Mid-century Canberra was a place of bravery, optimism and experimentation, and considering that the design DNA of Derek Wrigley is all over the city, no principles could be more fitting to describe this powerhouse of design who made Canberra his home and his design laboratory.
Derek believed that design had the power to change the world for the better, and by taking a look at his 70 plus year career in design, it seems he was right.
Though often hidden in plain sight, Derek’s works range from iconic homes and street furniture, graphics and disability aids to solar devices, institutional furniture, landscapes, sculpture and even a landmark tower. Despite being a designer in all senses of the word, having tried his hand at almost all forms of design, using the title of ‘designer’ to encompass Derek still falls short. It is almost impossible to define someone who wore so many hats – a pioneering designer, architect, teacher, author, photographer, sculptor, mentor, inventor, manufacturer, engineer, philosopher and innovator. He was also a son, brother, husband, father, grandfather, friend, colleague and so much more.
Born in Oldham, Lancashire on 16 February 1924, Derek Wrigley was the elder of two children for Harold and Rose Wrigley (nee Bradley). Derek’s sister and lifelong friend Shirley joined the family in 1931.
After failing his high school certificate, Derek became an indentured apprentice at an electrical manufacturing firm in Manchester, which lasted only a few months. Deemed medically unfit for active service during the Second World War due to partial deafness, Derek soon turned his efforts to study and was accepted into the architecture course at the Manchester College of Art (University of Manchester).
To gain entry to the course, Derek presented a measured drawing of his own bicycle, which he had completed at age 16. Alongside his architecture qualifications, he acquired credentials in structural engineering, civic design and town planning. Derek’s results were so outstanding that he was ranked first in the all-England architectural exams in 1945, even being covered in the local newspapers.
‘…architecture became my springboard into design and has served me well as a core discipline applicable to a growing number of peripheral design areas…’ – Derek Wrigley
Despite gaining employment in an architectural practice, post-war Britain was far from thriving, and by 1947 Derek decided to emigrate to Australia. Too impatient to wait for acceptance into the assisted migration scheme, he paid his own way and after an adventurous trip onboard the ‘Largs Bay’ he arrived to stay with pen-friends in Manly. This sense of urgency, impatience and ‘can-do’ would serve him well throughout his life.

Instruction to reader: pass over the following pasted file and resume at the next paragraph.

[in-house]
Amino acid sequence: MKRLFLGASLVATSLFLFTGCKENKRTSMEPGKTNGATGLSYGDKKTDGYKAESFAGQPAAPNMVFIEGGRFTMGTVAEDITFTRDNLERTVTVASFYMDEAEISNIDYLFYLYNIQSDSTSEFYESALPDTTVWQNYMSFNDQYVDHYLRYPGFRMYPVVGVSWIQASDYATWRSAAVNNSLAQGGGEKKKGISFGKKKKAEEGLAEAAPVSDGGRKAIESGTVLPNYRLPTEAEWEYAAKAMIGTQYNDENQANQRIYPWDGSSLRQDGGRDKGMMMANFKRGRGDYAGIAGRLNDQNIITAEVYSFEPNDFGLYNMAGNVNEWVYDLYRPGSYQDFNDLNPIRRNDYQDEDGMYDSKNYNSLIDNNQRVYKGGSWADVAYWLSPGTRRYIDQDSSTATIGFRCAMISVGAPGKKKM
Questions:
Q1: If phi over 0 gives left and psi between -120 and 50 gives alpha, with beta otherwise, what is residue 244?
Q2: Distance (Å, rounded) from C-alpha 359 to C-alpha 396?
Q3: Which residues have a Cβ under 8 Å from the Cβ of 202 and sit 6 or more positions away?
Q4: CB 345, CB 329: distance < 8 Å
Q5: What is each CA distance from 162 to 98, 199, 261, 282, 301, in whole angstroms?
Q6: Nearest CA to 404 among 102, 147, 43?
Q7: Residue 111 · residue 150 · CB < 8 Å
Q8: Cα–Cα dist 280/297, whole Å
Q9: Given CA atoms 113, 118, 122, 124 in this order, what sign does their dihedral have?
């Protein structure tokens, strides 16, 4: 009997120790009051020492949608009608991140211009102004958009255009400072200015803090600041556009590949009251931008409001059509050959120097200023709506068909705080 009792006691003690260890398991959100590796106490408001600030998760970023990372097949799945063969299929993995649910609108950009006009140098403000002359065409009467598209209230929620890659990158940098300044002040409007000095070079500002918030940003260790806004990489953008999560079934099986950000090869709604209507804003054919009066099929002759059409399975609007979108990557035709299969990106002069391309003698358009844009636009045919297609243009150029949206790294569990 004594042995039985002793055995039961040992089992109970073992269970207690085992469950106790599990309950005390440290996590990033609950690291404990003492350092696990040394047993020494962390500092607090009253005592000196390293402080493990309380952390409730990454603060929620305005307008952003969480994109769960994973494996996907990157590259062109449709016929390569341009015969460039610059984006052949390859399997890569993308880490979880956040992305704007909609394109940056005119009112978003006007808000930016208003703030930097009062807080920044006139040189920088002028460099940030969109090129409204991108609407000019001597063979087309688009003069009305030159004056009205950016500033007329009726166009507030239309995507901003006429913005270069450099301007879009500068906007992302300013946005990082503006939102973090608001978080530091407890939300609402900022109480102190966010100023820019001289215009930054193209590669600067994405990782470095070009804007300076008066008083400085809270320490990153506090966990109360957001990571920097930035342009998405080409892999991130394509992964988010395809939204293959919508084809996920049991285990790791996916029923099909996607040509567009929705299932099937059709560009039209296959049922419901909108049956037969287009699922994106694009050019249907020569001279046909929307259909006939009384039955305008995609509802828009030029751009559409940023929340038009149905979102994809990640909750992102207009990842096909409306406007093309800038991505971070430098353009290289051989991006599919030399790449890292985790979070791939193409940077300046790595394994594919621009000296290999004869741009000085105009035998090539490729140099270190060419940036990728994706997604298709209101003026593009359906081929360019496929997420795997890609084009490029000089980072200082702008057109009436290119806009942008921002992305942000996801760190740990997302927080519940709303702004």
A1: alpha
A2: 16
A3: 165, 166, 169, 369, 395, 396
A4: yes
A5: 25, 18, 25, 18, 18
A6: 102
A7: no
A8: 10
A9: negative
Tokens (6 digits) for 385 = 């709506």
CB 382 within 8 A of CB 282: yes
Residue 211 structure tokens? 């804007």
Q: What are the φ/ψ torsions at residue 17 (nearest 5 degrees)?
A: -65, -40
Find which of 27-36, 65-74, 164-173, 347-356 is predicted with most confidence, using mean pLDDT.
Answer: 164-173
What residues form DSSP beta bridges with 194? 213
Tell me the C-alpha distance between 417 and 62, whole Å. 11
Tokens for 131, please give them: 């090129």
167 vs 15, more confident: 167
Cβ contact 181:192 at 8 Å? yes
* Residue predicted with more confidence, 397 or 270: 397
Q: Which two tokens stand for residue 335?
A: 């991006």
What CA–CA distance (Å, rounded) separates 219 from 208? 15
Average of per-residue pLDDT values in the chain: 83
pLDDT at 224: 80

At age 23 and with just the £100 in his pocket, he purchased an abandoned quarry in Dee Why, NSW and set about designing and building a home for himself. Occupying a small cabin on the site, Derek made a living teaching at the Sydney Technical College and spent his spare time hand quarrying the stone to build ‘OB1’ (Owner Builder 1 – the first house). Soon after completion, he sold OB1 to fund his passage home to visit his ill father, and upon his return to Australia, he set about doing it all over again for OB2, the second home to be built on the large site.
Derek met Hilary Archer in 1952, and they married in 1954. His family came from England for the wedding and his sister Shirley stayed on in Australia. Derek and Hilary lived in OB2 until it, including Derek’s handmade furniture, was sold to radio shock jock John Laws.
In 1953, Derek became a founding member of the NSW Chapter of the Society for Designers for Industry, which subsequently became the Industrial Design Institute of Australia and eventually the Design Institute of Australia. Derek played a pivotal role in the growth of the design profession in Australia, and went on to found the Industrial Design Council of Australia in 1956 with Victorian designer colleague Fred Ward.
In 1957, on the invitation of Fred Ward, Derek and Hilary moved to Canberra so he could take up the post of Assistant University Designer at the Australian National University (ANU). At this time, he also embarked on OB3, in Jansz Crescent, Griffith, a home for his growing family. Derek and Hilary had three boys, Ben, Simon and Adam who grew up here.
He worked alongside Fred Ward and the multi-talented Hans Pillig until 1961 when Fred departed ANU to take up lucrative commissions with the Reserve Bank of Australia and the National Library of Australia. Derek took over as University Designer and Architect and soon grew the ANU Design Unit team to include landscape, graphics, furniture, building and industrial design. Hans Pillig became Assistant University Designer.
The fledgling ANU provided the perfect environment for Derek to develop his theories of ‘total’ or ‘integrated’ design and functional design, the premises of which he had gleaned from his own practice, research and personal dealings with modernist powerhouses like Walter Gropius, Phillip Johnson and Mies Van Der Rohe. Having travelled the world, he found that no other university had a similar in-house design team and saw ANU as a truly unique opportunity. ANU also provided a valuable training ground for young designers like Gerald Easden, Charles Bastable and John Stevens who went on to have highly successful design careers.